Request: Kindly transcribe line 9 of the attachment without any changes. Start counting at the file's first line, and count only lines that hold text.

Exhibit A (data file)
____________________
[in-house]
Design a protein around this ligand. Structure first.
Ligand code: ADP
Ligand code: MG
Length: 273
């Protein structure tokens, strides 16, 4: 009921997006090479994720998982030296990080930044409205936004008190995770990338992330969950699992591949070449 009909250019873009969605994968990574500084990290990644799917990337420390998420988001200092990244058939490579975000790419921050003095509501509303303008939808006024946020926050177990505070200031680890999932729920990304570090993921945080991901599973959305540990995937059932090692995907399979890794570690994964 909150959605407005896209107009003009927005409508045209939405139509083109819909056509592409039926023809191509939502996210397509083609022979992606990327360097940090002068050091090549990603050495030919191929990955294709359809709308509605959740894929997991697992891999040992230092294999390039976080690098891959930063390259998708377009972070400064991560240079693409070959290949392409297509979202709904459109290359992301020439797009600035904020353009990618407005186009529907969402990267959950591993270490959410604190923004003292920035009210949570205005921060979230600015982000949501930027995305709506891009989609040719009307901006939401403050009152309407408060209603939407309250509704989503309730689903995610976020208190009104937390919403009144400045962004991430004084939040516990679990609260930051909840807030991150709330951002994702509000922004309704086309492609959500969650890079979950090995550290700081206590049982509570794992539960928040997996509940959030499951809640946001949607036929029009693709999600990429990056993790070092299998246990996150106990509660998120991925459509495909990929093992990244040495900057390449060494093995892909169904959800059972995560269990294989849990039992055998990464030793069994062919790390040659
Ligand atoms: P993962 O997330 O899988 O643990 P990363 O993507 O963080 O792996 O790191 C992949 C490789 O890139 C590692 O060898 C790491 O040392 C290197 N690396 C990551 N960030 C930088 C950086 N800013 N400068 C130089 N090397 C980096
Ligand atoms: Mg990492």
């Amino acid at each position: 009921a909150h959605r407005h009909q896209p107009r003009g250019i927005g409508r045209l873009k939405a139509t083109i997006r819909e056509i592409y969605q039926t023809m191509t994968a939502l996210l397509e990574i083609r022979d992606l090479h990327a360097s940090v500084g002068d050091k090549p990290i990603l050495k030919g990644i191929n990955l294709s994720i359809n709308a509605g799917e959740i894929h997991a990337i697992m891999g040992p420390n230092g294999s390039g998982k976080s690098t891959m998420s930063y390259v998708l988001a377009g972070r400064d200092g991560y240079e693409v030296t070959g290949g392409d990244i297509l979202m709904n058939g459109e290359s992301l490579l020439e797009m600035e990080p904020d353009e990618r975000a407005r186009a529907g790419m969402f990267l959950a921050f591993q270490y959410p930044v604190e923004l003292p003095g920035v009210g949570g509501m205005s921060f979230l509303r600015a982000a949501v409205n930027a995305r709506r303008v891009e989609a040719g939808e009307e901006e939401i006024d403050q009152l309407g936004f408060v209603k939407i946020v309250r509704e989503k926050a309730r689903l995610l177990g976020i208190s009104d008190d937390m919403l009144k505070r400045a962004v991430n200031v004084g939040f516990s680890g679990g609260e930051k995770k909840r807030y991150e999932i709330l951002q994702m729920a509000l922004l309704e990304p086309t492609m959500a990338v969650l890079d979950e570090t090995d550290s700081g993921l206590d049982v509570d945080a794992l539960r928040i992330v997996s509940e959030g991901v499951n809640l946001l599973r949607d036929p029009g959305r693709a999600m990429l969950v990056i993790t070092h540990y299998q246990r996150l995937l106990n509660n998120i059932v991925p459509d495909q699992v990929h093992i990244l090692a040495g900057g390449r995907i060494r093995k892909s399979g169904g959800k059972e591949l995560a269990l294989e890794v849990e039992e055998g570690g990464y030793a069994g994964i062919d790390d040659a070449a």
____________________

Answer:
């Amino acid at each position: 009921a909150h959605r407005h009909q896209p107009r003009g250019i927005g409508r045209l873009k939405a139509t083109i997006r819909e056509i592409y969605q039926t023809m191509t994968a939502l996210l397509e990574i083609r022979d992606l090479h990327a360097s940090v500084g002068d050091k090549p990290i990603l050495k030919g990644i191929n990955l294709s994720i359809n709308a509605g799917e959740i894929h997991a990337i697992m891999g040992p420390n230092g294999s390039g998982k976080s690098t891959m998420s930063y390259v998708l988001a377009g972070r400064d200092g991560y240079e693409v030296t070959g290949g392409d990244i297509l979202m709904n058939g459109e290359s992301l490579l020439e797009m600035e990080p904020d353009e990618r975000a407005r186009a529907g790419m969402f990267l959950a921050f591993q270490y959410p930044v604190e923004l003292p003095g920035v009210g949570g509501m205005s921060f979230l509303r600015a982000a949501v409205n930027a995305r709506r303008v891009e989609a040719g939808e009307e901006e939401i006024d403050q009152l309407g936004f408060v209603k939407i946020v309250r509704e989503k926050a309730r689903l995610l177990g976020i208190s009104d008190d937390m919403l009144k505070r400045a962004v991430n200031v004084g939040f516990s680890g679990g609260e930051k995770k909840r807030y991150e999932i709330l951002q994702m729920a509000l922004l309704e990304p086309t492609m959500a990338v969650l890079d979950e570090t090995d550290s700081g993921l206590d049982v509570d945080a794992l539960r928040i992330v997996s509940e959030g991901v499951n809640l946001l599973r949607d036929p029009g959305r693709a999600m990429l969950v990056i993790t070092h540990y299998q246990r996150l995937l106990n509660n998120i059932v991925p459509d495909q699992v990929h093992i990244l090692a040495g900057g390449r995907i060494r093995k892909s399979g169904g959800k059972e591949l995560a269990l294989e890794v849990e039992e055998g570690g990464y030793a069994g994964i062919d790390d040659a070449a």